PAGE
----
Image courtesy of Pixabay

“No, no, you’ve got it all wrong. It’s the dragon’s in the details.”

The little girl in front of me crosses her arms and glares at me.

“Um, no dear, I’m quite sure it’s ‘the devil’s in the details,’” I say as she continues to throw the stink eye my direction. “Where did you say you were from again?”

“Mylandia, I’ve told you four times already.”

She uncrosses her arms long enough to throw them up in the air, like I’m the one repeating nonsense.

“Right,” I say as I scribble down notes in her file.

Her eyes peek over…


I’m no Stephen King, but I’ve picked up a few tricks along the way I wished I’d known sooner, and I wanted to share.

Photo courtesy of LibelSanRo via Pixabay

Write a million stories.

Write a hundred bad stories. Write short short stories and long rambling neverending tales that you’ll never finish and will eventually give up as a bad job. Write different genres, point of views, settings, voices — anything to mix it up in the early stages. When you ‘finish’ drafts, rest them, read them, revise them, then, if you can read them without cringing, submit it somewhere. Or, if you still hate it, take it out back and shoot it, and when I say shoot it, I mean put it in an archived folder and almost never, ever go in there.

Do not read bad fiction.


Previously published by Black Mirror Magazine, January 2015

Wiebrig Krakau via Unsplash.com

The nurse hummed what might have been Beethoven or Mozart, Walter wasn’t sure. Her fixed smile didn’t change shape for even an instant as her cold fingers moved this and that out of the way and wiped him down with baby wipes. Baby wipes, for God’s sake. Her eyes were placid, like she wasn’t there at all. Walter watched her work because there was nothing else to look at. He had visually investigated every crack, corner, and dust pile in his room. She was one of the better-looking nurses, but he wouldn’t…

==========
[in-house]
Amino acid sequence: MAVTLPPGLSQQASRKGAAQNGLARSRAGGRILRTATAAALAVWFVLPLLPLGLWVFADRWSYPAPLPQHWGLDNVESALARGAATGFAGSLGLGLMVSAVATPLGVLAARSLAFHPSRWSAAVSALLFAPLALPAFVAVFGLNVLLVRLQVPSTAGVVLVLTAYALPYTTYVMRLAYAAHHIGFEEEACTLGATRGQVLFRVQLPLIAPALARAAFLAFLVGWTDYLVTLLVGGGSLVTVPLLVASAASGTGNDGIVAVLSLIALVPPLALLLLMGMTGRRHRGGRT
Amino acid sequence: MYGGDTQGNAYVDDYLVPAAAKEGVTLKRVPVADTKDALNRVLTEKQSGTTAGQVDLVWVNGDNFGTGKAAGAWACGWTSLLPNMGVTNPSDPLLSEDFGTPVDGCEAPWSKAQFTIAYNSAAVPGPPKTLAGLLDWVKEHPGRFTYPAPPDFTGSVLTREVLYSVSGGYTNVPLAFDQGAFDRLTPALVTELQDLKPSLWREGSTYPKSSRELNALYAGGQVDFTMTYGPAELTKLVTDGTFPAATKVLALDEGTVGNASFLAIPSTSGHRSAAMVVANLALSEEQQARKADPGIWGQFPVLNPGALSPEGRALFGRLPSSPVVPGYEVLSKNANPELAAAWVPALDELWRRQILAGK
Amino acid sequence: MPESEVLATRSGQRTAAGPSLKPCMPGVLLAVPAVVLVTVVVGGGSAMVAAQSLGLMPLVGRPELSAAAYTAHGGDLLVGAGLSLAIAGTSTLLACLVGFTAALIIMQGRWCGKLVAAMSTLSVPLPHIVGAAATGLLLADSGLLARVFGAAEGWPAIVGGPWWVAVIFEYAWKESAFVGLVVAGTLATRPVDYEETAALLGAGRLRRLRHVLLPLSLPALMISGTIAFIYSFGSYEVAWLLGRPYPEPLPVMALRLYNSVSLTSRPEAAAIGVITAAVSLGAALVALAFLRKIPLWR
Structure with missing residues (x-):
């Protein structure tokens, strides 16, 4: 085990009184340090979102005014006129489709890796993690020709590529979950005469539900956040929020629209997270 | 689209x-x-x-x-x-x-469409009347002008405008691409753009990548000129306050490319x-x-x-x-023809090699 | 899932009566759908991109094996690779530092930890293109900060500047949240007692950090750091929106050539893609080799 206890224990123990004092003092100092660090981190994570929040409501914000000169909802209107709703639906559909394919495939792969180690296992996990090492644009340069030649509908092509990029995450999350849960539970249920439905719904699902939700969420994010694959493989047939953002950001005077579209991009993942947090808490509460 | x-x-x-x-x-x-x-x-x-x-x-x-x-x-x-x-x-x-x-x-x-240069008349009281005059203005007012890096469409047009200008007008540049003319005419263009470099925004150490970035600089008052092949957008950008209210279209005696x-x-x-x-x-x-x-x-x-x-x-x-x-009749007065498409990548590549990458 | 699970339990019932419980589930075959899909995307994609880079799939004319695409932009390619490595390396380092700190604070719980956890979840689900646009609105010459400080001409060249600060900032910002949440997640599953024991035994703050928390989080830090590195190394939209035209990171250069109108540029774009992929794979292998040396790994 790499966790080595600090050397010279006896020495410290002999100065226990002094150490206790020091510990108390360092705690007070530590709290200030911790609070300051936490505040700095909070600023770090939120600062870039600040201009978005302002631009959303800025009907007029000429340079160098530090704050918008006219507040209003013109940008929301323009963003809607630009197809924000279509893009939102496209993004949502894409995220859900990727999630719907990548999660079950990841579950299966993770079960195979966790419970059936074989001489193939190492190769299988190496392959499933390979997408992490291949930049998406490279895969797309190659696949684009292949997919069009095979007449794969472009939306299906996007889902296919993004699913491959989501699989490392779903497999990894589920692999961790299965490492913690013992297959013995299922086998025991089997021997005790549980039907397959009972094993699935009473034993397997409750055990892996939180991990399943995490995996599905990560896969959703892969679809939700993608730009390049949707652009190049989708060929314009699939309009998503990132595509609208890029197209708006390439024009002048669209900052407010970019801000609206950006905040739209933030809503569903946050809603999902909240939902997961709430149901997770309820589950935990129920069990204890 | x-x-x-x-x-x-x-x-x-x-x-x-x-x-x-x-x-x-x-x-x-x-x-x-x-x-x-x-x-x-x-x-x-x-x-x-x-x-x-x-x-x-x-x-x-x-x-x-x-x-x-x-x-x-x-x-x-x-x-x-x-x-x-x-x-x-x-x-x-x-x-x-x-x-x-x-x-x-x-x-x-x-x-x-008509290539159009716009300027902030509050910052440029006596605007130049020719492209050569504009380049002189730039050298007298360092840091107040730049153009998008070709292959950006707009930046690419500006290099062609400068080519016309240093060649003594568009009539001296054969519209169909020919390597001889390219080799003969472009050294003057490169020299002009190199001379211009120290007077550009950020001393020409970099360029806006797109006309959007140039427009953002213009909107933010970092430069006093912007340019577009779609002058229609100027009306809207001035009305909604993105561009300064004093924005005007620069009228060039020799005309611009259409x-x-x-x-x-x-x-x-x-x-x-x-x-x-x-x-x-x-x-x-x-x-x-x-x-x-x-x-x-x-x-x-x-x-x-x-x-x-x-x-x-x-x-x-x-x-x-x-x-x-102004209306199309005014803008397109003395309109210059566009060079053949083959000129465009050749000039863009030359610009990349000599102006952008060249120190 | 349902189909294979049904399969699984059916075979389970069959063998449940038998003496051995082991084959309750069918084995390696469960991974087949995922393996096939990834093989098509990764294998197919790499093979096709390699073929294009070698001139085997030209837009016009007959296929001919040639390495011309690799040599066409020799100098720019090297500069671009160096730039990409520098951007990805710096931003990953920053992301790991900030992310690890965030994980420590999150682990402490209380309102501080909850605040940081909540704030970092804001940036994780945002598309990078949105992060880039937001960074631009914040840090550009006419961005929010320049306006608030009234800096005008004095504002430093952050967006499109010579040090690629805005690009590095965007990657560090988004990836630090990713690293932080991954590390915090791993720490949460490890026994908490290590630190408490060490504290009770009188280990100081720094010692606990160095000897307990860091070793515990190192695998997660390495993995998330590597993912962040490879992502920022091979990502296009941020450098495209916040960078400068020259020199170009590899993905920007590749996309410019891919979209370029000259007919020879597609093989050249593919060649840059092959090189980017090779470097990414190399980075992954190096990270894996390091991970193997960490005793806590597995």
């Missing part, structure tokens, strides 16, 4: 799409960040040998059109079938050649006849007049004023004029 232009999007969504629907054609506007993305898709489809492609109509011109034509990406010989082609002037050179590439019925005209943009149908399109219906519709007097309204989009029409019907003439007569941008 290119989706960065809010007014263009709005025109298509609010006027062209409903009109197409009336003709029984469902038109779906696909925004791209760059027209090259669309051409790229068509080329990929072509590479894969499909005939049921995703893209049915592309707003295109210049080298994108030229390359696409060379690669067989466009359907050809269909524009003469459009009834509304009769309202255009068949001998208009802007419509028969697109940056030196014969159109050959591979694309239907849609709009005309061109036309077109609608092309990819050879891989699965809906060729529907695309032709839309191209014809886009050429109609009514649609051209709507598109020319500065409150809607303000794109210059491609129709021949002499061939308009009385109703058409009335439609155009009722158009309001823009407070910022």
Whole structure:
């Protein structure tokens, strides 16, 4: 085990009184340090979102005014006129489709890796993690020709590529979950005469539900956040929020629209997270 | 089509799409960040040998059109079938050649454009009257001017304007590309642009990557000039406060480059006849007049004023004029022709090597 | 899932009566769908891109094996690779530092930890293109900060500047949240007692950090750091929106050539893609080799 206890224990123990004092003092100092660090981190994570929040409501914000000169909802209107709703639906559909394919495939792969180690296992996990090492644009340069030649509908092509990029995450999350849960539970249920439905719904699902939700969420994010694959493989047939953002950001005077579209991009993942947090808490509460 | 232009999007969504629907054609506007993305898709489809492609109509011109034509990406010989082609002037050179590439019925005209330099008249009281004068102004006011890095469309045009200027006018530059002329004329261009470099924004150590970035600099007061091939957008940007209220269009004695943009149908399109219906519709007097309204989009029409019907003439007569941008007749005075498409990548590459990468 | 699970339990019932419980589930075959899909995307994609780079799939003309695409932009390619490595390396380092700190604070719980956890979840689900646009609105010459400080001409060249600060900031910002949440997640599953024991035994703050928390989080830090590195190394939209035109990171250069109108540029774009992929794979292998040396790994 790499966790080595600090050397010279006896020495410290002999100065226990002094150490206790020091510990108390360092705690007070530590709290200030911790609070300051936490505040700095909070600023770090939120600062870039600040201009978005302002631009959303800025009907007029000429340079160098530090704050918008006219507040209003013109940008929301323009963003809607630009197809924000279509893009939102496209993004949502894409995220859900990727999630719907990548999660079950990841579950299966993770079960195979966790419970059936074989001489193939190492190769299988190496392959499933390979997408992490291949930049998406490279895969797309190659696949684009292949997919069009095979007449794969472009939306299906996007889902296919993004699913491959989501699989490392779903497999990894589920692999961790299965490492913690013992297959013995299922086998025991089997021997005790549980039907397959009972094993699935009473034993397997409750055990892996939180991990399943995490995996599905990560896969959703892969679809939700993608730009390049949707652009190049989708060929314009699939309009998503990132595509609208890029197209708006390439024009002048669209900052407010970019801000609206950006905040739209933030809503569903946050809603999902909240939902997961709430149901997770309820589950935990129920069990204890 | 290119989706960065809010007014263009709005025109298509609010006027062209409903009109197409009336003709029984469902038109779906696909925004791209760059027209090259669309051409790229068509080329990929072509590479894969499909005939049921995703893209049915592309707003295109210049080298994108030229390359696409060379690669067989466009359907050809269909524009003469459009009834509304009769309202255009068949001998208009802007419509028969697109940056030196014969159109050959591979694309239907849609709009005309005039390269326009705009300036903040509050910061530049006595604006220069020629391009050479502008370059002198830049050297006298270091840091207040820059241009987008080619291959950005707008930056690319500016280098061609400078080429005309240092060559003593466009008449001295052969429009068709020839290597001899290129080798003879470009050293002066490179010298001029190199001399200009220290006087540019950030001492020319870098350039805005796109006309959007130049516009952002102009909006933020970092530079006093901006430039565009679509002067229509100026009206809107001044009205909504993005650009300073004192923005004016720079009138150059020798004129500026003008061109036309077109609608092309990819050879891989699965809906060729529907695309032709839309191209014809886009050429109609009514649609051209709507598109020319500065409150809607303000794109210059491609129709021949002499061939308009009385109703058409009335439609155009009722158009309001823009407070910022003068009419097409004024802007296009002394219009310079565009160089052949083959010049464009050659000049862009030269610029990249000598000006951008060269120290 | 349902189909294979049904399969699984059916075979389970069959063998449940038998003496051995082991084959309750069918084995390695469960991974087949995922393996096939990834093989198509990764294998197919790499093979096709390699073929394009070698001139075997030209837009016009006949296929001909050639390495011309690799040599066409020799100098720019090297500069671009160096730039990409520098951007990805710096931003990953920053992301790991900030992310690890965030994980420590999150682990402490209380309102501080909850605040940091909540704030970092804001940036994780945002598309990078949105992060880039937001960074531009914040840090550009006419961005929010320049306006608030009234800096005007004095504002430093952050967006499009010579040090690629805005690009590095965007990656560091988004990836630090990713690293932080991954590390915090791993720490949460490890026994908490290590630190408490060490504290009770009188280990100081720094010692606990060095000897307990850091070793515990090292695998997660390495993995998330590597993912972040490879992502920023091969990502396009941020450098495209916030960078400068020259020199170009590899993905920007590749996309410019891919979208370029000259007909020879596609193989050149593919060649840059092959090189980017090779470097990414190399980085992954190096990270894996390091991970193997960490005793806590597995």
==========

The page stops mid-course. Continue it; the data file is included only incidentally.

Photo credit: Miwok via Flickr

You walk to the edge of a ravine. You look down, but all you can see is sharp rocks for hundreds of feet and twisted vines crossing to the other side. You hear the sound of rushing water, but aren’t sure just how far down it’s sounding from. You knew the indigenous child ran this way and you saw it go down, but where? It didn’t shriek or scream or scramble like the way you would think a child falling to its death would have done. You must be missing something.

You stand as close to the edge as you…

Shannon Ferretti

Writer. Horse Rider. Dog Obsessor. Word Makereruperer. Novel in the works. Short stories found here: http://shannonferretti.com On Twitter @ShannonFerretti

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